Eucapnic intermittent hypoxia augments endothelin-1 vasoconstriction in rats: role of PKCdelta. Academic Article uri icon


  • We reported previously that simulating sleep apnea by exposing rats to eucapnic intermittent hypoxia (E-IH) causes endothelin-dependent hypertension and increases constrictor sensitivity to endothelin-1 (ET-1). In addition, augmented ET-1-induced constriction in small mesenteric arteries (sMA) is mediated by increased Ca(2+) sensitization independent of Rho-associated kinase. We hypothesized that exposing rats to E-IH augments ET-1-mediated vasoconstriction by increasing protein kinase C (PKC)-dependent Ca(2+) sensitization. In sMA, the nonselective PKC inhibitor GF-109203x (3 microM) significantly inhibited ET-1-stimulated constriction in E-IH arteries but did not affect ET-1-stimulated constriction in sham arteries. Phospholipase C inhibitor U-73122 (1 microM) also inhibited constriction by ET-1 in E-IH but not sham sMA. In contrast, the classical PKC (cPKC) inhibitor Gö-6976 (1 microM) had no effect on ET-1-mediated vasoconstriction in either group, but a PKCdelta-selective inhibitor (rottlerin, 3 microM) significantly decreased ET-1-mediated constriction in E-IH but not in sham sMA. ET-1 increased PKCdelta phosphorylation in E-IH but not sham sMA. In contrast, ET-1 constriction in thoracic aorta from both sham and E-IH rats was inhibited by Gö-6976 but not by rottlerin. These observations support our hypothesis that E-IH exposure significantly increases ET-1-mediated constriction of sMA through PKCdelta activation and modestly augments ET-1 contraction in thoracic aorta through activation of one or more cPKC isoforms. Therefore, upregulation of a PKC pathway may contribute to elevated ET-1-dependent vascular resistance in this model of hypertension.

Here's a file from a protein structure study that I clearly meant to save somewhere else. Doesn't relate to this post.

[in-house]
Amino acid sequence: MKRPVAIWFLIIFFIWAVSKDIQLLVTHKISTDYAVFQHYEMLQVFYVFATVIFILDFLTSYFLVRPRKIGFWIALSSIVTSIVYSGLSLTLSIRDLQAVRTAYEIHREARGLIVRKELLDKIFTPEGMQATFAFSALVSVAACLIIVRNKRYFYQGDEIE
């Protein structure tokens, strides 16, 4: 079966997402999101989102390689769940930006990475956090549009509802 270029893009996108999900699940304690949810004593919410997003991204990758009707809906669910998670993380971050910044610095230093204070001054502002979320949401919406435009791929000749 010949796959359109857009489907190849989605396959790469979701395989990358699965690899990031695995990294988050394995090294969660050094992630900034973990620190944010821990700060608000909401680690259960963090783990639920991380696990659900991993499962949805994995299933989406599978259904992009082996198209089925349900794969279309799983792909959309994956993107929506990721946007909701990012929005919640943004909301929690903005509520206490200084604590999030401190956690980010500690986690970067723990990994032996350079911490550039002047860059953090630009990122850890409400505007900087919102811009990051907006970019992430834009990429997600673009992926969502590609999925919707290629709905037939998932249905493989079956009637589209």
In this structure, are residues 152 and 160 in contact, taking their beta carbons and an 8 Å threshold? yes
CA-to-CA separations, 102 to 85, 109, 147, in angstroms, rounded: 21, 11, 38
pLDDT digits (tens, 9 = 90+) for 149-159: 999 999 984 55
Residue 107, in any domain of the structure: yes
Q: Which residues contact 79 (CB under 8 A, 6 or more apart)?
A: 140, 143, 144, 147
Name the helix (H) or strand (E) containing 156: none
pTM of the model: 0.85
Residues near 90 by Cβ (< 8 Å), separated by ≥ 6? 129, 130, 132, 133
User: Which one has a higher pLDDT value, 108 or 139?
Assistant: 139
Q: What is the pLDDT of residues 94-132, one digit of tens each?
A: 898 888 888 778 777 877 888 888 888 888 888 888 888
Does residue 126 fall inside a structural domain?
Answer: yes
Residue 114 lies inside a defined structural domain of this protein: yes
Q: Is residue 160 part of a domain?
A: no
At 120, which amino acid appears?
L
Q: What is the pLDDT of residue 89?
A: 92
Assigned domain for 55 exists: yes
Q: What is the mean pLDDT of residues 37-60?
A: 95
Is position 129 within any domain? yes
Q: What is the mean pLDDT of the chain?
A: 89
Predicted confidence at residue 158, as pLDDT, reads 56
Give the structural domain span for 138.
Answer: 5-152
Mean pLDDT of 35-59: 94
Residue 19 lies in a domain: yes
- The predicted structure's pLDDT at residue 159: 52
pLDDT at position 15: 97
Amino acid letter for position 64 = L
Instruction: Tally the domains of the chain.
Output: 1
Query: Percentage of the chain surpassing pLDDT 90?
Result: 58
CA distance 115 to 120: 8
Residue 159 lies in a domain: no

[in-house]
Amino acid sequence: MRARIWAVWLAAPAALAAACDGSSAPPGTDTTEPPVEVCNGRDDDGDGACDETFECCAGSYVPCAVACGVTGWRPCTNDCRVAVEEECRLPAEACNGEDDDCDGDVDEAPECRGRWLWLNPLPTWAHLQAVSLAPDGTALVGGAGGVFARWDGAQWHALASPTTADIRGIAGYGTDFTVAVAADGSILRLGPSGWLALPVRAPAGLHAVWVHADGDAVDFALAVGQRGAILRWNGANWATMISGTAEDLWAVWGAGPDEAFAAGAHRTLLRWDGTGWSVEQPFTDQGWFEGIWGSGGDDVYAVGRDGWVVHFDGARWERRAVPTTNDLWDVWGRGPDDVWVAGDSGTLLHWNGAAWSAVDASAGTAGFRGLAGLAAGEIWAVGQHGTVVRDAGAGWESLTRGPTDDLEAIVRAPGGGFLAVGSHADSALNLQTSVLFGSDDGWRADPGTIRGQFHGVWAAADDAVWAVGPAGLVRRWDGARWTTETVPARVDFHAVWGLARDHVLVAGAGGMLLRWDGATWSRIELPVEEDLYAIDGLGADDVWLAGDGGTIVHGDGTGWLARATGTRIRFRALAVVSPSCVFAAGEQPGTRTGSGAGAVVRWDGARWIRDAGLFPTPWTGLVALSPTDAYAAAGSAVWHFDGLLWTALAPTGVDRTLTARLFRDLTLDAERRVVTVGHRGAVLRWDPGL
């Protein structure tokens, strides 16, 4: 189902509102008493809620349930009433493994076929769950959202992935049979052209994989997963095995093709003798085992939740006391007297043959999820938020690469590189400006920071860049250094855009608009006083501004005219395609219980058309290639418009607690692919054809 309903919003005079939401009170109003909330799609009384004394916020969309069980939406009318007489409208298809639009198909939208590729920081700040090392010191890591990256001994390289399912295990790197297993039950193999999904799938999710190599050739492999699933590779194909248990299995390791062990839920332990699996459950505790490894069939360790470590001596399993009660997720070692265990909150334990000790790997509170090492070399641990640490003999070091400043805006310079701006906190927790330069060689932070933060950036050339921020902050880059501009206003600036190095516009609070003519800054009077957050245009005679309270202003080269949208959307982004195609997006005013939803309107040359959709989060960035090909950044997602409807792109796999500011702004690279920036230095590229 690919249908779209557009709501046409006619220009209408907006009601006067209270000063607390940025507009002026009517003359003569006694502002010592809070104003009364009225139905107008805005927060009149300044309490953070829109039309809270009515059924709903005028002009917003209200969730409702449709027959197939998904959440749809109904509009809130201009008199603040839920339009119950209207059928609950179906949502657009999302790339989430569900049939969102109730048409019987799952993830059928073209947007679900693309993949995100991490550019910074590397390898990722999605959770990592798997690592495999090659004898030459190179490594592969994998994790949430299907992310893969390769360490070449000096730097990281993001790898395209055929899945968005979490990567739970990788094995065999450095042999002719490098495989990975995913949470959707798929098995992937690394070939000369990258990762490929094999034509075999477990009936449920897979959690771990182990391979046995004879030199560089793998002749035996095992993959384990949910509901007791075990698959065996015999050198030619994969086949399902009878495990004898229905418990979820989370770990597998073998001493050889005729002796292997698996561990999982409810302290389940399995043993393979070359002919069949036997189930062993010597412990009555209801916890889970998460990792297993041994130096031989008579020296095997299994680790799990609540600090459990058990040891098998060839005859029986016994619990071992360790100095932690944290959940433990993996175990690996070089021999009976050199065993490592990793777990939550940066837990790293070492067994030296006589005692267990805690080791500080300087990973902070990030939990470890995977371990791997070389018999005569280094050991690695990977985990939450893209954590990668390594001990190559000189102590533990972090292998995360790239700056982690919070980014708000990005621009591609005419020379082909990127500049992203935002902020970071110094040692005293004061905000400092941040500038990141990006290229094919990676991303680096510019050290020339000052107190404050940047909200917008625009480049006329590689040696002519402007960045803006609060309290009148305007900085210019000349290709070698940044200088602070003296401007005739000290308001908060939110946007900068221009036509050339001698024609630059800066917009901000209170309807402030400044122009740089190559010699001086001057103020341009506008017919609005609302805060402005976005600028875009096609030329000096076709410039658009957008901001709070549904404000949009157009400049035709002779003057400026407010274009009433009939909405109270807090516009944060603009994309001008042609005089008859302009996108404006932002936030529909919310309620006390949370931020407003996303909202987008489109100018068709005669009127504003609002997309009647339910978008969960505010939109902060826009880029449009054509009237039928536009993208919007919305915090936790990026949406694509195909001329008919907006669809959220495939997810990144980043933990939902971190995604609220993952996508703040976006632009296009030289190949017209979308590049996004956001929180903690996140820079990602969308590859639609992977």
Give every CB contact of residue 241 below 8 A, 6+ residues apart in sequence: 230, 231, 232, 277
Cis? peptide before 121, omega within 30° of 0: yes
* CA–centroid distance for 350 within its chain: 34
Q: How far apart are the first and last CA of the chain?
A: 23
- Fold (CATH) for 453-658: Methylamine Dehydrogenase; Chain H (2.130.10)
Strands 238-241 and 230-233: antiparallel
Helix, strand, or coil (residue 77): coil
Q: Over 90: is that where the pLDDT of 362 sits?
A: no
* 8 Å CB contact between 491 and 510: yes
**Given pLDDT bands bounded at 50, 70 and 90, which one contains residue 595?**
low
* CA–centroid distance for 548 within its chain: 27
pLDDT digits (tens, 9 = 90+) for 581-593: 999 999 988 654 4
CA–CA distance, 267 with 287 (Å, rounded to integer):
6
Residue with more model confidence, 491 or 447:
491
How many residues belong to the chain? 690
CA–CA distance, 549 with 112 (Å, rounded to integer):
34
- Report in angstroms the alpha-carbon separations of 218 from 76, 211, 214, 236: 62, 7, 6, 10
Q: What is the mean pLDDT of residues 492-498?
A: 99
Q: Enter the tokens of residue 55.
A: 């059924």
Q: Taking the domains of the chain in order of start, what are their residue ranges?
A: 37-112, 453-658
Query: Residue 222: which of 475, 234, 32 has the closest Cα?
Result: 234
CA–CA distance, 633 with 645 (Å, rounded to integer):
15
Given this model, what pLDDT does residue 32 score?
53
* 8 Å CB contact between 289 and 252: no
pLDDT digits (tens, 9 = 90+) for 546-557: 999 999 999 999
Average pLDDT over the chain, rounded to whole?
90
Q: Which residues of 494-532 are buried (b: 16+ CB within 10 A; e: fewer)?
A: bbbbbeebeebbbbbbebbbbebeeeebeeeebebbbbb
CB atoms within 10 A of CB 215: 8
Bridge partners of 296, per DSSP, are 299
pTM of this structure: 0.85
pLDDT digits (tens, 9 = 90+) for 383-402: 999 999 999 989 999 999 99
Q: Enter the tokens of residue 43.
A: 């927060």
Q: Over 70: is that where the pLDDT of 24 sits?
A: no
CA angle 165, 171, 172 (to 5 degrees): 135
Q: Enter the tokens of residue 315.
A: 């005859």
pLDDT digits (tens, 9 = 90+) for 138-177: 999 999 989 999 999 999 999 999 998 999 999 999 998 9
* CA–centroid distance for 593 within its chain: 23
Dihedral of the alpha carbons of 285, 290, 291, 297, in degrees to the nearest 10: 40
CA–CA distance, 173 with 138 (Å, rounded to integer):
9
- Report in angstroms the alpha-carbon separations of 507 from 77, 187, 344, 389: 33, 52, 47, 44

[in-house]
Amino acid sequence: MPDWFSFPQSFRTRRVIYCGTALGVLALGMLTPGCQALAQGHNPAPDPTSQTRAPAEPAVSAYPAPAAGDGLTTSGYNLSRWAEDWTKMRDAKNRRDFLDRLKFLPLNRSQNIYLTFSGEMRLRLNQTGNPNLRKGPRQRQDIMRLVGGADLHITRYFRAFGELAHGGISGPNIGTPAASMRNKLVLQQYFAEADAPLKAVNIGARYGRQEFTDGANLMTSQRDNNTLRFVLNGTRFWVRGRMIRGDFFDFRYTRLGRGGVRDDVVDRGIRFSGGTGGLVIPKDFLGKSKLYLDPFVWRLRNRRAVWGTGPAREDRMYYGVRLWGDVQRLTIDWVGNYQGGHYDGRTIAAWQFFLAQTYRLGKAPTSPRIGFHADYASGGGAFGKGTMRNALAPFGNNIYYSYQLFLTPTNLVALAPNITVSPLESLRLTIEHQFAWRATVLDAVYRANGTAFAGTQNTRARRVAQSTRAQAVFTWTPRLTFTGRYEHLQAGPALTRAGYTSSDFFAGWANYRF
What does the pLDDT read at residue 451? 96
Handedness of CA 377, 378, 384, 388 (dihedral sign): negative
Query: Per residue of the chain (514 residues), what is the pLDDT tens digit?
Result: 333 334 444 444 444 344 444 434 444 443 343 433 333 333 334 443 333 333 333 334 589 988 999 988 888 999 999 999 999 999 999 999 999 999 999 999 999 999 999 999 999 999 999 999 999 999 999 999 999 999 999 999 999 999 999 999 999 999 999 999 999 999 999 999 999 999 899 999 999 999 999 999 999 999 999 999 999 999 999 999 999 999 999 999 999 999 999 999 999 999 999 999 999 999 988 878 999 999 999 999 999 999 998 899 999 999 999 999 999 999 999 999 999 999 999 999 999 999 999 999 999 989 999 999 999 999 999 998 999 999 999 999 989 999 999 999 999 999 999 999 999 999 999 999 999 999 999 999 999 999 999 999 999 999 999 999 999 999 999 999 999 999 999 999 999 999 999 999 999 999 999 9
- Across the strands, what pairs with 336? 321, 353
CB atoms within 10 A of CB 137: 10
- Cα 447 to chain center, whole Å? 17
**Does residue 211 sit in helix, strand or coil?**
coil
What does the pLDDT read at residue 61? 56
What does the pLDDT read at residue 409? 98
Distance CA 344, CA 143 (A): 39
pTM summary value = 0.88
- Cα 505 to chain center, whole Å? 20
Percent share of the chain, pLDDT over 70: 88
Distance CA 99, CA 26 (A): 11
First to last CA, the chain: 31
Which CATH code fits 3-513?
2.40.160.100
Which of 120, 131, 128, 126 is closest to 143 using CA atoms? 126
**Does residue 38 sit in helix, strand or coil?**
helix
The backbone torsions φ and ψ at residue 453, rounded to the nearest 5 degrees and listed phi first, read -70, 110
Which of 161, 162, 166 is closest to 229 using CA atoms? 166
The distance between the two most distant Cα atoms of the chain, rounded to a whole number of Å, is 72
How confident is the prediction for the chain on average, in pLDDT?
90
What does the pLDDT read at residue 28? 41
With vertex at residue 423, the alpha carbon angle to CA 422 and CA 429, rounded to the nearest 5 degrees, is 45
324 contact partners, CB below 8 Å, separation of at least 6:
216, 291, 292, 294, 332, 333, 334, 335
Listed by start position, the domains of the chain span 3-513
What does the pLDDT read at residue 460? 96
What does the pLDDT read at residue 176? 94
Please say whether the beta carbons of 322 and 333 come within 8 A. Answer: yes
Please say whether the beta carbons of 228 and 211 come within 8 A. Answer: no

publication date

  • February 2008